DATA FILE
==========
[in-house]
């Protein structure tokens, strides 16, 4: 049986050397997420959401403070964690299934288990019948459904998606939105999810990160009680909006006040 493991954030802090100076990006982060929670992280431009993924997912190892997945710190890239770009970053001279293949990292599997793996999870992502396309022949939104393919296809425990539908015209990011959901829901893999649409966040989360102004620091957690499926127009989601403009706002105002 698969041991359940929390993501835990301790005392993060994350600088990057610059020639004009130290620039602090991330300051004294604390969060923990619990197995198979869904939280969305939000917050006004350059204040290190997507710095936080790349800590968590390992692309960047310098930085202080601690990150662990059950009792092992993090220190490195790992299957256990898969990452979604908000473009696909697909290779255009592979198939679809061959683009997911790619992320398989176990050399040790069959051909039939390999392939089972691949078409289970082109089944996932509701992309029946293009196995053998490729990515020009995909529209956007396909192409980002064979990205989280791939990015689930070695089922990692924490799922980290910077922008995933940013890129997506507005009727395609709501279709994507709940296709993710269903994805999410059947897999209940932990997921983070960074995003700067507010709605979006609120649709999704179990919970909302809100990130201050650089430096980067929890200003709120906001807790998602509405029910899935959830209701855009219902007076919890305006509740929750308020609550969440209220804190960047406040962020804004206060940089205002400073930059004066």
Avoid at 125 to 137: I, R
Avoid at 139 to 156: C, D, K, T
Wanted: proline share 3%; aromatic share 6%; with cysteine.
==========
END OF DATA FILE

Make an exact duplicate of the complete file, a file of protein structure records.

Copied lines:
[in-house]
């Protein structure tokens, strides 16, 4: 049986050397997420959401403070964690299934288990019948459904998606939105999810990160009680909006006040 493991954030802090100076990006982060929670992280431009993924997912190892997945710190890239770009970053001279293949990292599997793996999870992502396309022949939104393919296809425990539908015209990011959901829901893999649409966040989360102004620091957690499926127009989601403009706002105002 698969041991359940929390993501835990301790005392993060994350600088990057610059020639004009130290620039602090991330300051004294604390969060923990619990197995198979869904939280969305939000917050006004350059204040290190997507710095936080790349800590968590390992692309960047310098930085202080601690990150662990059950009792092992993090220190490195790992299957256990898969990452979604908000473009696909697909290779255009592979198939679809061959683009997911790619992320398989176990050399040790069959051909039939390999392939089972691949078409289970082109089944996932509701992309029946293009196995053998490729990515020009995909529209956007396909192409980002064979990205989280791939990015689930070695089922990692924490799922980290910077922008995933940013890129997506507005009727395609709501279709994507709940296709993710269903994805999410059947897999209940932990997921983070960074995003700067507010709605979006609120649709999704179990919970909302809100990130201050650089430096980067929890200003709120906001807790998602509405029910899935959830209701855009219902007076919890305006509740929750308020609550969440209220804190960047406040962020804004206060940089205002400073930059004066």
Avoid at 125 to 137: I, R
Avoid at 139 to 156: C, D, K, T
Wanted: proline share 3%; aromatic share 6%; with cysteine.